So, what do you do?
Fortunately, there are certain muscle groups that are extremely prone to becoming short and stiff, and therefore prone to resisting movement and inhibiting performance. As a result, we have put together the top three stretches that target these key muscle groups and therefore enhance movement and performance.
1. Half Kneeling Couch Stretch
The half kneeling couch stretch is the perfect way to target both the hip flexor muscle group and rectus femoris muscle. These muscles typically receive an incredible amount load during athletic movement tasks. Within this, they are also constantly stuck in a shortened position during sitting.
As a result, they often become extremely short and stiff – which is where this stretch comes into its own.
In a kneeling position, commence the stretch by backing both of your feet up against a wall, or against the upper cushion of your couch (hence the names, ‘couch stretch’).
If you are on a hard surface, make sure to place a cushion down on the ground for your knee. Proceed to slide one of your legs backward so that the knee fits into the corner where the floor or couch meets the wall.
In this position, the shin should be as close to the wall as you can get it, and the toe should be pointed upwards. You should be in a half kneeling position, with your chest up nice and tall. Squeeze the glute of the back leg as hard as you can to place the anterior muscles of the limb under stretch.
Perform 2 sets of 20 seconds per side.
2. Quadruped Adductor Mobilisation
Most people pay close attention to their quads, hamstrings, and calves – but frequently neglect the adductors. Which is unfortunate, because this important muscle group plays an important role during sprinting, bounding, and jumping, while also acting to help stabilize the pelvis during gait.
In response, they often become overworked and extremely restricted.
Hence the need for this great stretch.
Start this stretch be getting into a quadruped position, with your shoulders directly over your hands, and your knees directly under your hips. Proceed to extend one leg out to the side until it is completely straight. Your toes should be pointing directly straight ahead, and the other leg should remain bent in the quadruped position, with the toes driving into the ground.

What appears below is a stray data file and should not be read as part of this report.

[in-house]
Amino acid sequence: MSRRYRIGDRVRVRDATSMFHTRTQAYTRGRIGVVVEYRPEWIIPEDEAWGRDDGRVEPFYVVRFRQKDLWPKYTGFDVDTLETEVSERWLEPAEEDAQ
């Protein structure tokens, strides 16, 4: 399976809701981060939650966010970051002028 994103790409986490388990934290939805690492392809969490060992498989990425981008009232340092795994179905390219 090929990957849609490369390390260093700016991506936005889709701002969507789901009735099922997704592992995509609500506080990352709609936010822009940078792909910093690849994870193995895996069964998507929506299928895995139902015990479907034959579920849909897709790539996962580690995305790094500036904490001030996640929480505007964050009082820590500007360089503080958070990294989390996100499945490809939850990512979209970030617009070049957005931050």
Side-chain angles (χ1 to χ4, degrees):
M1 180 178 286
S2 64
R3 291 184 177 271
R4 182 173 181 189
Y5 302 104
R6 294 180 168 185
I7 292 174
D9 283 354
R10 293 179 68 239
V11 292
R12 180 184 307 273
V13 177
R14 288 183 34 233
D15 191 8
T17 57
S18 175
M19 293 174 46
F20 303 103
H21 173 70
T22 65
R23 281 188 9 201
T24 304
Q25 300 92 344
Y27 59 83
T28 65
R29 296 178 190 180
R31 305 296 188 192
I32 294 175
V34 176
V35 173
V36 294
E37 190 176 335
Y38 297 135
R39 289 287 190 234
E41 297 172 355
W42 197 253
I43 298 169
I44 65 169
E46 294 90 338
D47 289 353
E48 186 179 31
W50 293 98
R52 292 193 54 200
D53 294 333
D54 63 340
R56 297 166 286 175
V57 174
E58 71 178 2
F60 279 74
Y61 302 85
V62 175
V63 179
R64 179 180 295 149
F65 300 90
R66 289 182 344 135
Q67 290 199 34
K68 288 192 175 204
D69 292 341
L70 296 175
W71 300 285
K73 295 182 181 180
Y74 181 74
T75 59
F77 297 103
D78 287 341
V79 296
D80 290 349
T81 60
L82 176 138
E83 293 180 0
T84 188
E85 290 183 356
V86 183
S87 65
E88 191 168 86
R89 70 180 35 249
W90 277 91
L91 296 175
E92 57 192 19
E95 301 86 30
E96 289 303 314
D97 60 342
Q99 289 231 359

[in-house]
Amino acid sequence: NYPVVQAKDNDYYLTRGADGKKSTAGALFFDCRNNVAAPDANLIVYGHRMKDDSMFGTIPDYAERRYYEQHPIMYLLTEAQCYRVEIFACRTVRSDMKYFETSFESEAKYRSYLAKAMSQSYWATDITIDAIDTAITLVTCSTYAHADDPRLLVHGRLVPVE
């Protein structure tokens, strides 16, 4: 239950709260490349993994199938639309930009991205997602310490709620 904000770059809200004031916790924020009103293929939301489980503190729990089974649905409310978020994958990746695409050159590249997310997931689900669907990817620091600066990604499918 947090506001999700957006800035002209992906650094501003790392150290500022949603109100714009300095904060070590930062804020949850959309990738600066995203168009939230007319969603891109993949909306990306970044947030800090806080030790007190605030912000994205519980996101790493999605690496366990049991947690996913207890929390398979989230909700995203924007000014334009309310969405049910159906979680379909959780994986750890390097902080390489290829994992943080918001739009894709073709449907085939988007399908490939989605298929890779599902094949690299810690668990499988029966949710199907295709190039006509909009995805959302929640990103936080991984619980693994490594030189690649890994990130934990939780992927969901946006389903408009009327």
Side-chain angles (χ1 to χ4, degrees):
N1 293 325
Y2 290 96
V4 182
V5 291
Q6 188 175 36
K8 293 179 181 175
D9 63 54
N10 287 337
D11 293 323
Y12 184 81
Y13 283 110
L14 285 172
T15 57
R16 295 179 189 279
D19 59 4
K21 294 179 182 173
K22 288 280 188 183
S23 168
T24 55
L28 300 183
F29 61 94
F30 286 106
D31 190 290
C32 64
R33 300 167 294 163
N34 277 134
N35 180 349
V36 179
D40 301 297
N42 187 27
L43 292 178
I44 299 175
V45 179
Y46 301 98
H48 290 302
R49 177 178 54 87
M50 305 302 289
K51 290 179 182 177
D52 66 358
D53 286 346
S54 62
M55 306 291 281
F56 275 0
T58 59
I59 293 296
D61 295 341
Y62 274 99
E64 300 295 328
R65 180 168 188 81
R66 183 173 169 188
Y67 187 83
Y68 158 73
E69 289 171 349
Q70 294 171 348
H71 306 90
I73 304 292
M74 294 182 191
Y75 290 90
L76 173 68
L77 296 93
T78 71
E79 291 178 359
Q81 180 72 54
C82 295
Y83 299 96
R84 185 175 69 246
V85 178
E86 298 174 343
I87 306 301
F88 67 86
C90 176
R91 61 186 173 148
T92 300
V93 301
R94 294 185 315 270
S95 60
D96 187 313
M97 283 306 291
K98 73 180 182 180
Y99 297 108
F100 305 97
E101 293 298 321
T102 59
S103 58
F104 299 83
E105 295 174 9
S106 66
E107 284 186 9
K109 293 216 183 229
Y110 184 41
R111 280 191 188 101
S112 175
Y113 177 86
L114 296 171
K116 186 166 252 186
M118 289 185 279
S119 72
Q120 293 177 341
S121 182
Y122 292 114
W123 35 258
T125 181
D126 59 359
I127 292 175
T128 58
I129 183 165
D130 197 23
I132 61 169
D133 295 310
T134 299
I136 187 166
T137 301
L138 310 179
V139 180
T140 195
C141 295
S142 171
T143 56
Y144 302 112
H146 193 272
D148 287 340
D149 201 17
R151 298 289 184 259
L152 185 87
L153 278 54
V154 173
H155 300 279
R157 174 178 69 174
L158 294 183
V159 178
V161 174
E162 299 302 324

While ensuring that you keep your hands flat on the ground, and your back nice and flat, gradually push your butt back towards your heel, while keeping your other leg straight. You will feel a strong stretch on the inner part of the straightened leg. Once you cannot move back any further, return to the start position.
That is a single repetition.
Complete 3 sets of 10 repetitions per side.
3. Pigeon Stretch
Like the hips flexors, the external rotators of the hip can become extremely short and stiff after prolonged periods of sitting. This can restrict movement at the hip joint, increasing the risk of injury and reducing power output.
Enter the pigeon stretch.
Start in a standard push up position, and proceed to bring one of your legs forward, placing the ankle just behind the opposite hand. The knee of that same leg should also be sitting just behind the wrist of the same side, in which the outside of the knee should be pushed firmly into the ground.
Your shin should be as close to horizontal as possible.
Slowly sink down into your hips, keeping your chest up tall while placing external rotators of the hip under stretch. Stay here for 10 deep breaths, trying to sink further into the stretch each full exhalation.
Complete 3 sets of 10 deep breaths per side.
Take Home Message
In short, stretching still works. It offers an extremely useful way to improve the length of short and tight muscle tissue – when implemented correctly.
The three stretches listed in this article target muscle groups that not only frequently become short and tight through both overuse and sedentary activity, but also directly impede athletic performance when they do so.
Give them a go and let us know what you think!
Behm, David G., and Anis Chaouachi. “A review of the acute effects of static and dynamic stretching on performance.” European journal of applied physiology 111.11 (2011): 2633-2651.
Pinto, Matheus D., et al. “Differential Effects of 30-Vs. 60-Second Static Muscle Stretching on Vertical Jump Performance.” The Journal of Strength & Conditioning Research 28.12 (2014): 3440-3446.
Harvey, Lisa, Robert Herbert, and Jack Crosbie. “Does stretching induce lasting increases in joint ROM? A systematic review.” Physiotherapy Research International 7.1 (2002): 1-13.
Winters, Michael V., et al. “Passive versus active stretching of hip flexor muscles in subjects with limited hip extension: a randomized clinical trial.” Physical therapy 84.9 (2004): 800-807.
Behm, David G., et al. “Acute effects of muscle stretching on physical performance, range of motion, and injury incidence in healthy active individuals: a systematic review.” Applied physiology, nutrition, and metabolism 41.1 (2015): 1-11.
Sahrmann, Shirley. Diagnosis and treatment of movement impairment syndromes. Elsevier Health Sciences, 2002.